Troub Audience 1967 SML

ORGANISERS of a major folk reunion concert are calling on people to check sheds and gardens for the old wooden cartwheel, which once stood at the back of The Bristol Troubadour’s stage.

They are hoping to trace it for ‘The Troubadour 50th’, a major anniversary concert being held at St George’s Bristol on October 8.

John Turner + Ian A Anderson 1970

John Turner + Ian A Anderson ’70

The Troubadour on Waterloo Street in Clifton was, for a period of five years, the most influential folk club outside of London. Ian Anderson, folk musician and editor of fRoots magazine, is bringing together some of the genre’s biggest names – artists associated with and influenced by the club.

For some it will be a reunion. Some of those unable to perform will send personal video messages, to be screened on the night. Younger artists will pay homage to the venue and its folk stars.

The Troubadour, which opened its doors in October 1966, became the hub of a booming folk scene hosting Al Stewart, John Martyn, Sandy Denny, the Incredible String Band, Bert Jansch, Fred Wedlock, Jasper Carrott and many more.

 

Artists who have already confirmed include Michael Chapman, Wizz Jones, Steve Tilston, Jasper Carrott, Keith Christmas, Andy Leggett and friends, Ian Anderson and Maggie Holland (Hot Vultures), Ian Hunt, Jim Moray, Heg and The Wolf Chorus, Three Cane Whale, Jim Causley and Emily Jones.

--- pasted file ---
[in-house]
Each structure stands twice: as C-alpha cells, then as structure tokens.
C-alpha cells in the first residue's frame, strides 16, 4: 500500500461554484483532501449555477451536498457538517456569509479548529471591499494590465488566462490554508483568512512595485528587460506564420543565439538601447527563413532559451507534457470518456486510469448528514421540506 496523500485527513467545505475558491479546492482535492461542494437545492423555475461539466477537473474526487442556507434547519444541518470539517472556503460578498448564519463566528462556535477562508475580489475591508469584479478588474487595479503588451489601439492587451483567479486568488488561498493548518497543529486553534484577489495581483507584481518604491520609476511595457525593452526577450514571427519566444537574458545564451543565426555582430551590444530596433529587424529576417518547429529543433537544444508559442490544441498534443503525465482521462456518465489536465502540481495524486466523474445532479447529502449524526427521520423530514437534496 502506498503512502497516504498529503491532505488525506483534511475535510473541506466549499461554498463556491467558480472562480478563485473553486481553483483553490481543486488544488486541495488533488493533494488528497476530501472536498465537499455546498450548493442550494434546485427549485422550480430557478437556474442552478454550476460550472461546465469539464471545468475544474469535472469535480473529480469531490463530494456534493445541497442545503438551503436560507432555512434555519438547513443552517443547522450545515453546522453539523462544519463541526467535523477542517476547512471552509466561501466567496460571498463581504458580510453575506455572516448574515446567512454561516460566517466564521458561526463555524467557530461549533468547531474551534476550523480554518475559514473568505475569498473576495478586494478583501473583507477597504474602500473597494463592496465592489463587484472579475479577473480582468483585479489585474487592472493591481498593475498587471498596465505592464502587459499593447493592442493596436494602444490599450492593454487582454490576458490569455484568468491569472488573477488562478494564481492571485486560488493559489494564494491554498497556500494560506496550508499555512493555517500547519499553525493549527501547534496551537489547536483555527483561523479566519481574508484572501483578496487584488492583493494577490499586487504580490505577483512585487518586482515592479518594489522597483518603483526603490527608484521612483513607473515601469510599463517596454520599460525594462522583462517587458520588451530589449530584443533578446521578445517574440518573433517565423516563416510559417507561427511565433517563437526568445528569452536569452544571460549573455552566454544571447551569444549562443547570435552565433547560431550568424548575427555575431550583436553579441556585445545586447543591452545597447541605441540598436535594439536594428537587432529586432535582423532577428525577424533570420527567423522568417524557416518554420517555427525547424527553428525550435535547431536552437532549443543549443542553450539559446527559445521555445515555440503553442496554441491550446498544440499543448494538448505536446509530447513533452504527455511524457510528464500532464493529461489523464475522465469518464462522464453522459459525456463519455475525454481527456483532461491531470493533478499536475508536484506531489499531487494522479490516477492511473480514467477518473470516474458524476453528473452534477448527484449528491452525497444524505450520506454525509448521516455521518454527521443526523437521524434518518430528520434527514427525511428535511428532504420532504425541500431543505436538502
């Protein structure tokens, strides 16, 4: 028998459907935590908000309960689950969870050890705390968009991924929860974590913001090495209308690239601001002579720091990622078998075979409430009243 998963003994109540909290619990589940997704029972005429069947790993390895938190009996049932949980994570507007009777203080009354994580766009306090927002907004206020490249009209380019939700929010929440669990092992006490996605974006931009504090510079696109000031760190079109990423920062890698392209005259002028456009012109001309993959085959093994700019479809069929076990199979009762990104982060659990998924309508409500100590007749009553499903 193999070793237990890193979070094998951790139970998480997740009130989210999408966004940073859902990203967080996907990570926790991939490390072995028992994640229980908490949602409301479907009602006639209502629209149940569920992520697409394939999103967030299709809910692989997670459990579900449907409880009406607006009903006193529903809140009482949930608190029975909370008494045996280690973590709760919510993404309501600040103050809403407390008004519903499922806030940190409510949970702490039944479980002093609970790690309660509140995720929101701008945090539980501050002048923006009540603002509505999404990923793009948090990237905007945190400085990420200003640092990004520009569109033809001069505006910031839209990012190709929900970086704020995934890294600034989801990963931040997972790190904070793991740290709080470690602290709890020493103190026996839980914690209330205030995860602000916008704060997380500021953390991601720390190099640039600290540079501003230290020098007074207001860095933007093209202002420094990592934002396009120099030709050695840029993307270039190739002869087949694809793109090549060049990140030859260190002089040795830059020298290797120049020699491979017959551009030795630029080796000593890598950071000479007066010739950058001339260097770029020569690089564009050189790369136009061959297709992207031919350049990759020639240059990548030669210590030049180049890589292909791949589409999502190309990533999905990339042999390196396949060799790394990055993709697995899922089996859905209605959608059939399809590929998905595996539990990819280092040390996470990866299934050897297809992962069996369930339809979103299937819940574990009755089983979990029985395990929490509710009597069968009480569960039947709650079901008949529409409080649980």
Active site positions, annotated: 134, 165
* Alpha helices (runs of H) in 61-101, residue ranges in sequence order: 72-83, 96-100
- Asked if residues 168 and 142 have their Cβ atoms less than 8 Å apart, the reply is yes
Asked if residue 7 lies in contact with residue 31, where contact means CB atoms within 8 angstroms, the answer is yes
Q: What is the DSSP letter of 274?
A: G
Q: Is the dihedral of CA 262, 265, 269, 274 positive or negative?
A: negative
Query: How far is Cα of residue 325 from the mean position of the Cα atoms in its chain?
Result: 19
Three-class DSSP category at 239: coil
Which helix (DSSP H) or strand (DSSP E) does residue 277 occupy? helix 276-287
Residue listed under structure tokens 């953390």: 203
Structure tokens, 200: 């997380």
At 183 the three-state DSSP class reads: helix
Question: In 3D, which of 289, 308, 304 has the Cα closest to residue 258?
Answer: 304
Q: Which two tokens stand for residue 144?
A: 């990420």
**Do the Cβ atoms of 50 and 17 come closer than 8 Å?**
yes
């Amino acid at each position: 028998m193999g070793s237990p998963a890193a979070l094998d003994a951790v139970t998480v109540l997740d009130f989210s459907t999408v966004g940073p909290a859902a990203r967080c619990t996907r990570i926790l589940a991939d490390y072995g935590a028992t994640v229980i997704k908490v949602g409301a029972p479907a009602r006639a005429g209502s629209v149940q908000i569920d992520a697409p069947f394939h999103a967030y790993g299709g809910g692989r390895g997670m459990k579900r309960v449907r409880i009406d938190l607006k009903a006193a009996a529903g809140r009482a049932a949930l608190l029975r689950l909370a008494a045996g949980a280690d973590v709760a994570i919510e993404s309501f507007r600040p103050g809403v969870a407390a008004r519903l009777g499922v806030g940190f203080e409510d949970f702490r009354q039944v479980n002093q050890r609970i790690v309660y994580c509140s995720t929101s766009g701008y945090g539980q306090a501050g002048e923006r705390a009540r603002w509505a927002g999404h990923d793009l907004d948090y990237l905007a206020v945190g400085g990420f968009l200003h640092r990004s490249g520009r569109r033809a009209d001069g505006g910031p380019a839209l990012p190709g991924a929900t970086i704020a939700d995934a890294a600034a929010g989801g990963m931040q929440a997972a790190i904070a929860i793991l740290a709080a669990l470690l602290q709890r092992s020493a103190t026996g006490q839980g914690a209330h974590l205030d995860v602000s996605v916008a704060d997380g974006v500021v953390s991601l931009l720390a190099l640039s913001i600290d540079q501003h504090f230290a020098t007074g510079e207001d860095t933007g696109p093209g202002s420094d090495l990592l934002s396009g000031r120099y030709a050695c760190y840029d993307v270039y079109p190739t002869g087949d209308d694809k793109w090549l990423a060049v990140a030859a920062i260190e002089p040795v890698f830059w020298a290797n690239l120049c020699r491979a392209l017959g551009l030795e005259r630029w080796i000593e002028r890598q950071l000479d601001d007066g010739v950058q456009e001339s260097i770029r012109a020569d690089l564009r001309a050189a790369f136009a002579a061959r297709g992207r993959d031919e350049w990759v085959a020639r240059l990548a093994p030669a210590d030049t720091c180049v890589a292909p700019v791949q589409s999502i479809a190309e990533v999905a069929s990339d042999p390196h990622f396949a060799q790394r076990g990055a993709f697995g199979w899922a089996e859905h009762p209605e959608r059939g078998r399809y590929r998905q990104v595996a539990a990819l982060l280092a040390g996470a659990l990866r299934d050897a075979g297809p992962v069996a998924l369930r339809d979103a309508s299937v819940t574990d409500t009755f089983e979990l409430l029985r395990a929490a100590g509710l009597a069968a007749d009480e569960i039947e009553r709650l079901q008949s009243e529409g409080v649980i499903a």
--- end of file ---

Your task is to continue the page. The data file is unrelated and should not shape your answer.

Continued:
Keith Christmas Troub circa 68 SQ SML

Keith Christmas circa ’68

Ian Anderson, who will act as MC and chief raconteur, describes the event as a mini festival. It covers The Troubadour panel discussion and concert, plus an exhibition featuring posters, pictures and prints – including some recovered from a rubbish bin. But he is also hoping to trace the equally famous old wooden cartwheel, which was a key part of the venue’s décor.

Mr Anderson said: “I have been overwhelmed with the response from artists and those who remember spending their evenings at the club. The time just felt right to celebrate The Troubadour with this mini festival and the role the venue played in launching the careers of so many folk artists all those years ago.”

He added: “It would be great to have that old wooden cartwheel back on stage for The Troubadour 50th. It would mean a lot to everyone performing and those in the audience too. If anyone knows of its whereabouts, please get in touch.”

The Troubadour, founded by Ray Willmott, closed it doors in 1971.

  • Please email administration@stgeorgesbristol.co.uk with subject line ‘Wheel’ if you know the whereabouts of The Troubadour’s cartwheel. Go to stgeorgesbristol.co.uk to book The Troubadour 50th discussion panel and concert.